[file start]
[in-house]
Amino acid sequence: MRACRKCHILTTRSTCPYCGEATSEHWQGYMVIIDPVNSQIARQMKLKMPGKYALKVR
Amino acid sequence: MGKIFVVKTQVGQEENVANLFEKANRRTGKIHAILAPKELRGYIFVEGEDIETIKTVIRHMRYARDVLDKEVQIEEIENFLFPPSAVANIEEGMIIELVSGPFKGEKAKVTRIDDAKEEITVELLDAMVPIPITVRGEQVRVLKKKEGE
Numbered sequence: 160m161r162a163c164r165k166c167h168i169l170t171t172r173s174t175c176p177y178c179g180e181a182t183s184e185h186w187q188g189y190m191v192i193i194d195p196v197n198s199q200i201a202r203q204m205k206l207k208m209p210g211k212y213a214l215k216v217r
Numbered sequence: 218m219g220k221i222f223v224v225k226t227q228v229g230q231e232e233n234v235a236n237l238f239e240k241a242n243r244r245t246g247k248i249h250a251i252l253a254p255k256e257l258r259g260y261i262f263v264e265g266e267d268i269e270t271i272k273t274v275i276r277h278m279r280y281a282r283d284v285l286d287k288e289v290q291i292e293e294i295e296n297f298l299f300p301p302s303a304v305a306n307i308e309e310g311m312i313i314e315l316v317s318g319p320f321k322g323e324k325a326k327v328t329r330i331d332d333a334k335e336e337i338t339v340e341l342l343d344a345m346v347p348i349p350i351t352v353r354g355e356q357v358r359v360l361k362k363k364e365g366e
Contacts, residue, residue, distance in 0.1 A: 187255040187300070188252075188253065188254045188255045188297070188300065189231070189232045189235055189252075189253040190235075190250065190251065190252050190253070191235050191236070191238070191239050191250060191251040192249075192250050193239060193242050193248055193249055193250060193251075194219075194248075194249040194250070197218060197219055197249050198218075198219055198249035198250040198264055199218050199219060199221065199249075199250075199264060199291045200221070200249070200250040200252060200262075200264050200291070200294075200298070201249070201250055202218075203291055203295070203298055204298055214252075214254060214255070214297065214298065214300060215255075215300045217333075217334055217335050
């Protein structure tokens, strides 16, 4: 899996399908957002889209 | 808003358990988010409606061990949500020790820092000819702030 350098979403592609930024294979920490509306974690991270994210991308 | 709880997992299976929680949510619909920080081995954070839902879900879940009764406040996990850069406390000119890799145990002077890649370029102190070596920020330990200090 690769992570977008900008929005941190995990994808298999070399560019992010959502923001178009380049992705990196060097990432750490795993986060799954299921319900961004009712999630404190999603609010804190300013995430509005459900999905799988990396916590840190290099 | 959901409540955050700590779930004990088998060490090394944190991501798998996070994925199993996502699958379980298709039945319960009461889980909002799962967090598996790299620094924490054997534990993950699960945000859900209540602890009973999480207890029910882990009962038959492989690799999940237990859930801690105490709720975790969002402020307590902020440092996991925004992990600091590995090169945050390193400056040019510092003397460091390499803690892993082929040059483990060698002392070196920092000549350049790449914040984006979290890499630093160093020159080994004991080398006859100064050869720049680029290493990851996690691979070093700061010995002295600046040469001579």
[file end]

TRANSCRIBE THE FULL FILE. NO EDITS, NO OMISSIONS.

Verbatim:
[in-house]
Amino acid sequence: MRACRKCHILTTRSTCPYCGEATSEHWQGYMVIIDPVNSQIARQMKLKMPGKYALKVR
Amino acid sequence: MGKIFVVKTQVGQEENVANLFEKANRRTGKIHAILAPKELRGYIFVEGEDIETIKTVIRHMRYARDVLDKEVQIEEIENFLFPPSAVANIEEGMIIELVSGPFKGEKAKVTRIDDAKEEITVELLDAMVPIPITVRGEQVRVLKKKEGE
Numbered sequence: 160m161r162a163c164r165k166c167h168i169l170t171t172r173s174t175c176p177y178c179g180e181a182t183s184e185h186w187q188g189y190m191v192i193i194d195p196v197n198s199q200i201a202r203q204m205k206l207k208m209p210g211k212y213a214l215k216v217r
Numbered sequence: 218m219g220k221i222f223v224v225k226t227q228v229g230q231e232e233n234v235a236n237l238f239e240k241a242n243r244r245t246g247k248i249h250a251i252l253a254p255k256e257l258r259g260y261i262f263v264e265g266e267d268i269e270t271i272k273t274v275i276r277h278m279r280y281a282r283d284v285l286d287k288e289v290q291i292e293e294i295e296n297f298l299f300p301p302s303a304v305a306n307i308e309e310g311m312i313i314e315l316v317s318g319p320f321k322g323e324k325a326k327v328t329r330i331d332d333a334k335e336e337i338t339v340e341l342l343d344a345m346v347p348i349p350i351t352v353r354g355e356q357v358r359v360l361k362k363k364e365g366e
Contacts, residue, residue, distance in 0.1 A: 187255040187300070188252075188253065188254045188255045188297070188300065189231070189232045189235055189252075189253040190235075190250065190251065190252050190253070191235050191236070191238070191239050191250060191251040192249075192250050193239060193242050193248055193249055193250060193251075194219075194248075194249040194250070197218060197219055197249050198218075198219055198249035198250040198264055199218050199219060199221065199249075199250075199264060199291045200221070200249070200250040200252060200262075200264050200291070200294075200298070201249070201250055202218075203291055203295070203298055204298055214252075214254060214255070214297065214298065214300060215255075215300045217333075217334055217335050
């Protein structure tokens, strides 16, 4: 899996399908957002889209 | 808003358990988010409606061990949500020790820092000819702030 350098979403592609930024294979920490509306974690991270994210991308 | 709880997992299976929680949510619909920080081995954070839902879900879940009764406040996990850069406390000119890799145990002077890649370029102190070596920020330990200090 690769992570977008900008929005941190995990994808298999070399560019992010959502923001178009380049992705990196060097990432750490795993986060799954299921319900961004009712999630404190999603609010804190300013995430509005459900999905799988990396916590840190290099 | 959901409540955050700590779930004990088998060490090394944190991501798998996070994925199993996502699958379980298709039945319960009461889980909002799962967090598996790299620094924490054997534990993950699960945000859900209540602890009973999480207890029910882990009962038959492989690799999940237990859930801690105490709720975790969002402020307590902020440092996991925004992990600091590995090169945050390193400056040019510092003397460091390499803690892993082929040059483990060698002392070196920092000549350049790449914040984006979290890499630093160093020159080994004991080398006859100064050869720049680029290493990851996690691979070093700061010995002295600046040469001579």